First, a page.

Warrior women in history have always intrigued me, and when offered the chance to get a quick interview with modern-day warrior woman and Ultimate Fighting Championship (UFC) fighter Miesha Tate, I was definitely excited. I was somewhat familiar with the sport of mixed martial arts (MMA), but the only female fighters I knew of were the ones who’d been featured in movies like those in the Fast and the Furious franchise. But how much of that awesomeness was movie-making, and how much was real life?
Quite a bit of it, if my interview with Miesha was anything to go by—not to mention her next televised UFC fight, scheduled for Saturday, July 25. In the Philippines, this will air in the morning of Sunday, July 26, on BALLS (Channel 34).
She was here for a quick trip to support fellow UFC fighters in mid-May, and during her stay here, she took some time out to teach a class on defending yourself against potential assailants. The event had been organized by the UFC organization, SM Lifestyle Entertainment Inc., and nonprofit organization Called to Rescue in order to help empower women and children and encourage them to stand up to would-be aggressors. Miesha taught a class of 30 underprivileged kids and women a few of her tried-and-true techniques on holding off and entrapping potential captors.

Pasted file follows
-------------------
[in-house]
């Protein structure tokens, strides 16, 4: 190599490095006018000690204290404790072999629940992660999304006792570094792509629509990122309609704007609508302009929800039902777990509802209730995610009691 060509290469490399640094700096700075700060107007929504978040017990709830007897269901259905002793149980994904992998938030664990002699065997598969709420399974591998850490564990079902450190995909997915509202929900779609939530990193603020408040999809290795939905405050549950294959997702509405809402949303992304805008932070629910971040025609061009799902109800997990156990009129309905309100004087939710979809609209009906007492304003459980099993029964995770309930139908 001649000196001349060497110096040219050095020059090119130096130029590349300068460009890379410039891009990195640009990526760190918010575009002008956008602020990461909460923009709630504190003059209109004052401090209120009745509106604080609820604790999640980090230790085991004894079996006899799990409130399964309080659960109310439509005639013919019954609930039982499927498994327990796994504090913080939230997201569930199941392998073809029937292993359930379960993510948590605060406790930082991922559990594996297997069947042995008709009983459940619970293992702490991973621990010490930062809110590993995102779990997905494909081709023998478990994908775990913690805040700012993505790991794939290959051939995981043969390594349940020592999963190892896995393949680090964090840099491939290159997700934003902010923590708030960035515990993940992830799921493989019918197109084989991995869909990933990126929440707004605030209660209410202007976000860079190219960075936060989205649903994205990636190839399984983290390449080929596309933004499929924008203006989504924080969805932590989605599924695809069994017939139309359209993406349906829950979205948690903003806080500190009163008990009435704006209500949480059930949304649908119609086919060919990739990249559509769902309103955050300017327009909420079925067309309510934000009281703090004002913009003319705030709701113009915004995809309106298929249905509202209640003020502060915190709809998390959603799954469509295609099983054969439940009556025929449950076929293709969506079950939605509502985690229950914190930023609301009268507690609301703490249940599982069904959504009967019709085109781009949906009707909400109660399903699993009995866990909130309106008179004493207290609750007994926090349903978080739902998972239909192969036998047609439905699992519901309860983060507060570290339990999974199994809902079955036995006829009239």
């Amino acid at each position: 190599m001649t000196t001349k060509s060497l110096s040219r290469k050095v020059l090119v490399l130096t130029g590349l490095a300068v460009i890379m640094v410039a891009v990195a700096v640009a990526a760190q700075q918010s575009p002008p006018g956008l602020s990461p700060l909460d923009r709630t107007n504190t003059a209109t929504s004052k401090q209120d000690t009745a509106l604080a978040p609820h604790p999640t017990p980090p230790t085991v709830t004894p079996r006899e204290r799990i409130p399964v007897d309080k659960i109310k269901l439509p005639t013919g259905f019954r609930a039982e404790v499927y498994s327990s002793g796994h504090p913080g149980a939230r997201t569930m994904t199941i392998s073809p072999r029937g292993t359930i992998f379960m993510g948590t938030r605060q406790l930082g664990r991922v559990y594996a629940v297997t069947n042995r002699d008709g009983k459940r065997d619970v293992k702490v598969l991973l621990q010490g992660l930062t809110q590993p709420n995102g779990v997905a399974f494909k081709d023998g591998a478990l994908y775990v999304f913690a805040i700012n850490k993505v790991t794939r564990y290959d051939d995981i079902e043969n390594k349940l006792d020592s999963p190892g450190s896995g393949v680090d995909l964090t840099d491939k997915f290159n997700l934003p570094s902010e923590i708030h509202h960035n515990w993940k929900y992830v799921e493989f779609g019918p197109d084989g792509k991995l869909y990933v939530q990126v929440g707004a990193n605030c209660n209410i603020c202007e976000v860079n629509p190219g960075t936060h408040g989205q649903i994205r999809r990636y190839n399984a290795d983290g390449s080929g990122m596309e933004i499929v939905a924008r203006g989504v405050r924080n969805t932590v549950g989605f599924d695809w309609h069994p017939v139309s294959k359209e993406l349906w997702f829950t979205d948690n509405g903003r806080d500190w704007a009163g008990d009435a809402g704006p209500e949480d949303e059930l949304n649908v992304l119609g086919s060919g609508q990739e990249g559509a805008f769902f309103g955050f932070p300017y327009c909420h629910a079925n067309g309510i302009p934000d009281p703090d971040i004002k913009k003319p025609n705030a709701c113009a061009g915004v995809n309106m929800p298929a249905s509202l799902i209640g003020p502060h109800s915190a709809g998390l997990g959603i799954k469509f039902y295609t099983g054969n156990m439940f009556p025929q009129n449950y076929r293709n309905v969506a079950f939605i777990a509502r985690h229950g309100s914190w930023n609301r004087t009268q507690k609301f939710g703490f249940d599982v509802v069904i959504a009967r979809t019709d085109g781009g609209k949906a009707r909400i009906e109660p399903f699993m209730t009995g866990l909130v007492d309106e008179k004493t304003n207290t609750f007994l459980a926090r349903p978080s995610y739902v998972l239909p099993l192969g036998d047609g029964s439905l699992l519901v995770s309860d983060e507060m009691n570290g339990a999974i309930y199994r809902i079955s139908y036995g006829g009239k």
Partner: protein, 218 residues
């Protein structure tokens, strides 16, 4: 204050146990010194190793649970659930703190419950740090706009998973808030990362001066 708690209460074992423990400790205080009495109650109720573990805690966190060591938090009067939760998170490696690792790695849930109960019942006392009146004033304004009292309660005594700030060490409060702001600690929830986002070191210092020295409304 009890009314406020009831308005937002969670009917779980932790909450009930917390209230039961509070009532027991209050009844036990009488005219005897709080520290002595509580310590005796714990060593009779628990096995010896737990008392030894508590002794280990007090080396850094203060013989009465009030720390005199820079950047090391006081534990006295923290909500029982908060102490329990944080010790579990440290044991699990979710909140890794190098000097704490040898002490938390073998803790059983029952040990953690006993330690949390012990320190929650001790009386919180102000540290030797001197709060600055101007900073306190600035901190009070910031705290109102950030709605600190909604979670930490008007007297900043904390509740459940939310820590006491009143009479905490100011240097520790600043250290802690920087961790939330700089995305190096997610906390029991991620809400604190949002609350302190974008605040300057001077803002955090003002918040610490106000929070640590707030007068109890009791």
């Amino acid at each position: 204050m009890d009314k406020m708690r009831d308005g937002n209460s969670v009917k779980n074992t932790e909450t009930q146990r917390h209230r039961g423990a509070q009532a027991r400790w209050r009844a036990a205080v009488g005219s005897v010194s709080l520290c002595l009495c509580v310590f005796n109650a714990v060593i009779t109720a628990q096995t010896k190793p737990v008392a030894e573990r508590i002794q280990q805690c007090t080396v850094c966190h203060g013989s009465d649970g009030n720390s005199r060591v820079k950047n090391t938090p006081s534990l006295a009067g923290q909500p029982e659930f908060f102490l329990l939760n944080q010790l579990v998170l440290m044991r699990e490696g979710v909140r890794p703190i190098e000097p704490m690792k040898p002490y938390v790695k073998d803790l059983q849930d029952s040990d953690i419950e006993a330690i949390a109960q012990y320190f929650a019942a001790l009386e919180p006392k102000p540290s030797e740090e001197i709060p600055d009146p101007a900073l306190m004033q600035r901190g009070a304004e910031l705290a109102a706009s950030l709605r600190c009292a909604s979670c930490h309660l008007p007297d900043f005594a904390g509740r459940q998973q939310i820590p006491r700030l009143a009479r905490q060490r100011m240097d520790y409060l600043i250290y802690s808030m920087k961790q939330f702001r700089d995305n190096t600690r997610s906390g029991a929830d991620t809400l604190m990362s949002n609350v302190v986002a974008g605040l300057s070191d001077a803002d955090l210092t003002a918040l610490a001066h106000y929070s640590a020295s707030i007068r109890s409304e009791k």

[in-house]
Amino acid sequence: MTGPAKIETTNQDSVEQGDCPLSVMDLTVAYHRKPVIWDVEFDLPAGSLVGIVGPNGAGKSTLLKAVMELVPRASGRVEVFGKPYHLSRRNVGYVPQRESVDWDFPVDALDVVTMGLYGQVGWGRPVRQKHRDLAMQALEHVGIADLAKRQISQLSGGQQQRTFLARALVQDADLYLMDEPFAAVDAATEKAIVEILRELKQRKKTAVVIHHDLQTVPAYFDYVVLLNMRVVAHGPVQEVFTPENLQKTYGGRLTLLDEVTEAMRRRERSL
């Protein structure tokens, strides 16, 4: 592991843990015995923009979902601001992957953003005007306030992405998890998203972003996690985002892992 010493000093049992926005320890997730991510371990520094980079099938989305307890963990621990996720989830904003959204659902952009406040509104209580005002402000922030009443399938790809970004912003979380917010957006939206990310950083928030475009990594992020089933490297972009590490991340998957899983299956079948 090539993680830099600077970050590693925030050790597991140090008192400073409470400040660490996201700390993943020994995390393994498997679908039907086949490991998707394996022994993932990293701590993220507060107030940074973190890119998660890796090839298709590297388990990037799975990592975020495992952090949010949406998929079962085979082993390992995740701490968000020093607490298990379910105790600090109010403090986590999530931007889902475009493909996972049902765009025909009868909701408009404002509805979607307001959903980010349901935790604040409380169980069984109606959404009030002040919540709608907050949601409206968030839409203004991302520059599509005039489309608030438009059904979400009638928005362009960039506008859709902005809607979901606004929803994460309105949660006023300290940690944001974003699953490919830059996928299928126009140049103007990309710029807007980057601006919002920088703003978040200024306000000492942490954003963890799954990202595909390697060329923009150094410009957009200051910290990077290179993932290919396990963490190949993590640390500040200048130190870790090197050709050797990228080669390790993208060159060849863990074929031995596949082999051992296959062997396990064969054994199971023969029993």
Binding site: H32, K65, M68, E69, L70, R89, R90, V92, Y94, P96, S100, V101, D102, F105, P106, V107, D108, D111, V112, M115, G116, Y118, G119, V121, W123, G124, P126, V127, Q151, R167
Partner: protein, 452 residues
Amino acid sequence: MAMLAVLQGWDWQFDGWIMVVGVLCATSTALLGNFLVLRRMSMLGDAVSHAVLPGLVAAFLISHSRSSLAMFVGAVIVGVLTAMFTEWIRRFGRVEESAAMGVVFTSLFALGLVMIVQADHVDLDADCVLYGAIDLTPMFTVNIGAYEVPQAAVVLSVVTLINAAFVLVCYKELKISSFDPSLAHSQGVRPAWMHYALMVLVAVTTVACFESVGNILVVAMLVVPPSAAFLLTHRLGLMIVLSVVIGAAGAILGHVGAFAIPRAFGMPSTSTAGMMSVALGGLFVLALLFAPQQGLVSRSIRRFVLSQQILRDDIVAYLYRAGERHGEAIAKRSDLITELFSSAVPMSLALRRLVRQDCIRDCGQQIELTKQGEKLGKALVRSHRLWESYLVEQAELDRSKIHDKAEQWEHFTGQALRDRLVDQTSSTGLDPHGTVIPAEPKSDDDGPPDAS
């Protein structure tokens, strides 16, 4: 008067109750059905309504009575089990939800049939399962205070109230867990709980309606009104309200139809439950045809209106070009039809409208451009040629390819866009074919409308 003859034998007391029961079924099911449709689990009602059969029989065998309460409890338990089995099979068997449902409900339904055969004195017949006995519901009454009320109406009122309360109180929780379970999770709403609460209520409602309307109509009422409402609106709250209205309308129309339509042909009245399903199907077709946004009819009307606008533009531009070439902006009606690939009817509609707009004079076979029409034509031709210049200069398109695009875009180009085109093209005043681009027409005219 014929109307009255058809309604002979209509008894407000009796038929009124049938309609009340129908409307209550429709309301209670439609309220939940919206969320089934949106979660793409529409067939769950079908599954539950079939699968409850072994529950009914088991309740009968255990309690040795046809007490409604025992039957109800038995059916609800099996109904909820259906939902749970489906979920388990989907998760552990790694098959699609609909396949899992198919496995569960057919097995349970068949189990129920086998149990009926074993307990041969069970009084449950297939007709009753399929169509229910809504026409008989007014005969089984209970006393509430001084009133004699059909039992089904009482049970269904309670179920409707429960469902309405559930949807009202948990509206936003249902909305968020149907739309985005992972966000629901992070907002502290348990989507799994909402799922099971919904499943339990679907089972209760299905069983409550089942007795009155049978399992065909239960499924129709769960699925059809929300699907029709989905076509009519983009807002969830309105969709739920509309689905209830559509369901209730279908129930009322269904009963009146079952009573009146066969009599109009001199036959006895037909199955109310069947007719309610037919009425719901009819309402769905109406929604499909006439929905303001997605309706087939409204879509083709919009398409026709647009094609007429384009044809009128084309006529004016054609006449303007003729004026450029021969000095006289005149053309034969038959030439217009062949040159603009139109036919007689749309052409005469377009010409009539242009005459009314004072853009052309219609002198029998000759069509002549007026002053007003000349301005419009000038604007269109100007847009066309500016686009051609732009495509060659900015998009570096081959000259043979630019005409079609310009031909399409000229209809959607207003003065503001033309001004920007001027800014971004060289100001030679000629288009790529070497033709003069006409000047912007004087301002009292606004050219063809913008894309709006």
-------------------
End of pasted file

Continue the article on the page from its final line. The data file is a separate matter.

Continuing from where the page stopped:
As it turns out, Miesha welcomed the chance to hold a class just like this one while she was here. “Whenever I have the opportunity, I like to speak to women and children and educate them about mixed martial arts, and about, you know, women and being empowered in general, so I like to do that any chance I get.”